Woo-boy, the past few days on Ravelry have been a real treat. I was alerted to what was thought to be yet another person on Ravelry trying to scam the fiber tribe. With so many previous experiences, I think Ravelers grew a sixth sense for this kind of thing. The hair stands up on the back of your neck, you smell it coming in on the wind. What’s that? Ah, the distinct smell of bullshit.
A man, named Jason Weidner, came to our humble corner of the internet because his initial statement of “I think all patterns should be free” so send in your patterns to his new website, tangledknot.com, and he’ll be able to make you lots of money. By distributing your free patterns. Free patterns. How does that make money for the designer?
Well, I don’t think even he knows how to make money for the designer. Although, I’m sure he has already established how he will be making a profit. The group he created on Ravelry, The Tangled Knot, was created to promote his business venture and answer questions from curious crafts.
And let me tell you, did he get questions. I’ll let you head over there and read through the threads where he contradicts himself and dodges questions about payouts, which advertisers he’ll approach, and any requests for market research that provides proof for claims he has been making about his “new”, big idea.
But before you go, you might notice some edits and deletions in the threads… Curious, huh? Well, Jason says it’s because “some people were being rude”. Apparently, I was considered “some people” because I made mention of the sock puppet/wing man account his mother made in attempt to defend Jason and bring sunshine and rainbows to what had become a failing business before it even launched . Yes, that’s right. His mother (threadnerd on Ravelry) entered the scene as a new member of Ravelry and did not disclose their relationship as she jumped in threads to defend this business that she claimed she had no knowledge of.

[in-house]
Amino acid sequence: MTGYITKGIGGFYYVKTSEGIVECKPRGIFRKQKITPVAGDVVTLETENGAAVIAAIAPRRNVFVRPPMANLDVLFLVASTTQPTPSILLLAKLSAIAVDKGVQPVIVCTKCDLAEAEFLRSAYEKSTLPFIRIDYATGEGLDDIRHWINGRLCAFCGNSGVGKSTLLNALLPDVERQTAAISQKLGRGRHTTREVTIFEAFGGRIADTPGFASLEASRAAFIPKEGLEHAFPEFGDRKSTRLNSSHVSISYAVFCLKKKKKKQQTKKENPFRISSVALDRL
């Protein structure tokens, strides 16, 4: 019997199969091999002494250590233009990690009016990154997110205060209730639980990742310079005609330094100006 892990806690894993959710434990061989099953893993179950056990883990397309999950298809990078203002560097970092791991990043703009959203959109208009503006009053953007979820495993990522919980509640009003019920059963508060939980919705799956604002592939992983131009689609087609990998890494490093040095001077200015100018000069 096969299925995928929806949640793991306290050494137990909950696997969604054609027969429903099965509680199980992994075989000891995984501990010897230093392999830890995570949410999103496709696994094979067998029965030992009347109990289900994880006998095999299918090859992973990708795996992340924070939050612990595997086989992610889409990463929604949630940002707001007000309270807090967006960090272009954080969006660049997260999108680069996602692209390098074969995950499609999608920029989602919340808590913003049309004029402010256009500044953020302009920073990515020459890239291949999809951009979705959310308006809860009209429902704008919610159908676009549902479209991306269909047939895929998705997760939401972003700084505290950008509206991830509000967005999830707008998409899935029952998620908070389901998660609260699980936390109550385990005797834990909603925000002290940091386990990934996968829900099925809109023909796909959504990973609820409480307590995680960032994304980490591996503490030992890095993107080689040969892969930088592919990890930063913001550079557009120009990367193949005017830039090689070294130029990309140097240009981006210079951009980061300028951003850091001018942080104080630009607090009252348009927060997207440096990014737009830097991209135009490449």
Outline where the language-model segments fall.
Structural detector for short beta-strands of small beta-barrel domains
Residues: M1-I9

Again, Ravelers have seen it before and she was outed immediately. Jason finally admitted it was his mother, she went in mass delete mode (but there are a few block quotes, so you’ll still get an idea of her deception) and deleted her account. Omfg, you guys, it just keeps getting better.
Back to me getting banned and deleted (some of my posts are still there). He was upset because I referred to his mother’s sock puppet account, told me to edit/delete my post, and I wouldn’t. Delete. Banned. But not before I took some screen shots!
The second part was interesting, because he was completely cool with his mother’s sock puppet account until we called her out. So now, we’re supposed to forget that a deception was attempted because he eventually came clean about it when he got caught.
My response, which was later deleted and I was banned because he said “some people” were being rude. More mass deleting ensued, bannings, revival of his sock master mom (yeah, that’s right, mom returns, don’t miss that one), and an attempt to keep his cool when all of his plans continue to collapse in a heap around him.
If we’ve learned anything, it’s how to spot a potential scam. Actions such as: patronizing your potential clients, not actually having a business plan, no market research, not actually being involved/knowledgable in the industry you’re trying to profit from, quickly deleting any truths that make you/your business look bad instead of acknowledging the mistake and moving on, and finally, making references to “lawyers” repeatedly in what may be an attempt to get people to back off.
You’ve probably run out of popcorn by now. Go pop some more, grab a comfy seat, and take a potty break for diving back in. Don’t forget to get up and stretch your legs occasionally.